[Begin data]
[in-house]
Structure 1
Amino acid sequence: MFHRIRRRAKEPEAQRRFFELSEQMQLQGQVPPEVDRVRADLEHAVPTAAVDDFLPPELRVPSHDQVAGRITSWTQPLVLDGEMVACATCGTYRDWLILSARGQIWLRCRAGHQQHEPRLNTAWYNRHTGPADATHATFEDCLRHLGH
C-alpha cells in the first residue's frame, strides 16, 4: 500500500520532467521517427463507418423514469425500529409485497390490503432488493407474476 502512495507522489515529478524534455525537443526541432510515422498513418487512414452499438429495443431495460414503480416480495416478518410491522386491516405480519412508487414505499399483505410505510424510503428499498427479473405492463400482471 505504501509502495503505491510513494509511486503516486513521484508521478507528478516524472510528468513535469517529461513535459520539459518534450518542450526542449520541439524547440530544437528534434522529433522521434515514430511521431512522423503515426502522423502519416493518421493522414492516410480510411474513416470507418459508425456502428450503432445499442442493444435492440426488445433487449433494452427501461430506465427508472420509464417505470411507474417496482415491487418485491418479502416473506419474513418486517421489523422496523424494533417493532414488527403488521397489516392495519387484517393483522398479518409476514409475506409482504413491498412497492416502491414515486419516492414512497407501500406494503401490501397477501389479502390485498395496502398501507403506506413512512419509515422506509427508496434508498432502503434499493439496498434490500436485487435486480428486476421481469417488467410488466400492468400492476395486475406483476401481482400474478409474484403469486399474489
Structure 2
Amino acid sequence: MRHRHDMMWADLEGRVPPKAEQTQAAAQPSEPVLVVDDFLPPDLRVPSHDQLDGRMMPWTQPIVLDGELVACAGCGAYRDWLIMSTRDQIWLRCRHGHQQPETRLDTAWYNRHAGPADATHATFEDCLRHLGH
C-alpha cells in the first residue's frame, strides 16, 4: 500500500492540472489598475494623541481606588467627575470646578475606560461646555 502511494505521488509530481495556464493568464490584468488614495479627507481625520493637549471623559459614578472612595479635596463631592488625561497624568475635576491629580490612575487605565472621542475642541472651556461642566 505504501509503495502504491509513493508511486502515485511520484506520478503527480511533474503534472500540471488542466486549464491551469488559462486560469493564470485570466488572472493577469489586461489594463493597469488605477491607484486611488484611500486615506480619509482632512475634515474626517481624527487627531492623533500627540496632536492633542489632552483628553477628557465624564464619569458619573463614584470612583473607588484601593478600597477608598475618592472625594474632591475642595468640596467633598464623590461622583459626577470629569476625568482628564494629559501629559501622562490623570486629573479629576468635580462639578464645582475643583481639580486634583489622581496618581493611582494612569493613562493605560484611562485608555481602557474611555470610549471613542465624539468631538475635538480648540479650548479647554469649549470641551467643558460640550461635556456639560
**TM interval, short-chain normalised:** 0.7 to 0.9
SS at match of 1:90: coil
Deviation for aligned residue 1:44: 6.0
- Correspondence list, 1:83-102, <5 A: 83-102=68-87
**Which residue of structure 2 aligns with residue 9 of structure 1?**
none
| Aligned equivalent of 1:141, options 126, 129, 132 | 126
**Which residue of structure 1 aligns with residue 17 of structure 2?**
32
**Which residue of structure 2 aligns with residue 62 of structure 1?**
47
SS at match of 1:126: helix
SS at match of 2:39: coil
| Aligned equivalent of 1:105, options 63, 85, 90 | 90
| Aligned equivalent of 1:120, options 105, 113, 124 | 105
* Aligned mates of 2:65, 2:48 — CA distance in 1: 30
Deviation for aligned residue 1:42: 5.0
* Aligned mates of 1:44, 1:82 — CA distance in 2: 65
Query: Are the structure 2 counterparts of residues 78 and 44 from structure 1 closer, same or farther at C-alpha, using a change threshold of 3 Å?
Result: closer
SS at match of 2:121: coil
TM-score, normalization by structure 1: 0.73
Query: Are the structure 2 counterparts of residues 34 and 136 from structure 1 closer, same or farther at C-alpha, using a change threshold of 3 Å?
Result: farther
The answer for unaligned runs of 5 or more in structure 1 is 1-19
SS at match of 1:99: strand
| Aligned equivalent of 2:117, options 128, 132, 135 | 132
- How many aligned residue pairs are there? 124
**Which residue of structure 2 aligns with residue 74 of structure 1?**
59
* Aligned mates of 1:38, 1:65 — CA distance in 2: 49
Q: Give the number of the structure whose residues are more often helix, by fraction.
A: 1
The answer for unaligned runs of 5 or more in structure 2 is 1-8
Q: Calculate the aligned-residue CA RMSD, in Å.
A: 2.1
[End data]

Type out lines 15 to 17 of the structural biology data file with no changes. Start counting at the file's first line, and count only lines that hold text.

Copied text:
**Which residue of structure 1 aligns with residue 17 of structure 2?**
32
**Which residue of structure 2 aligns with residue 62 of structure 1?**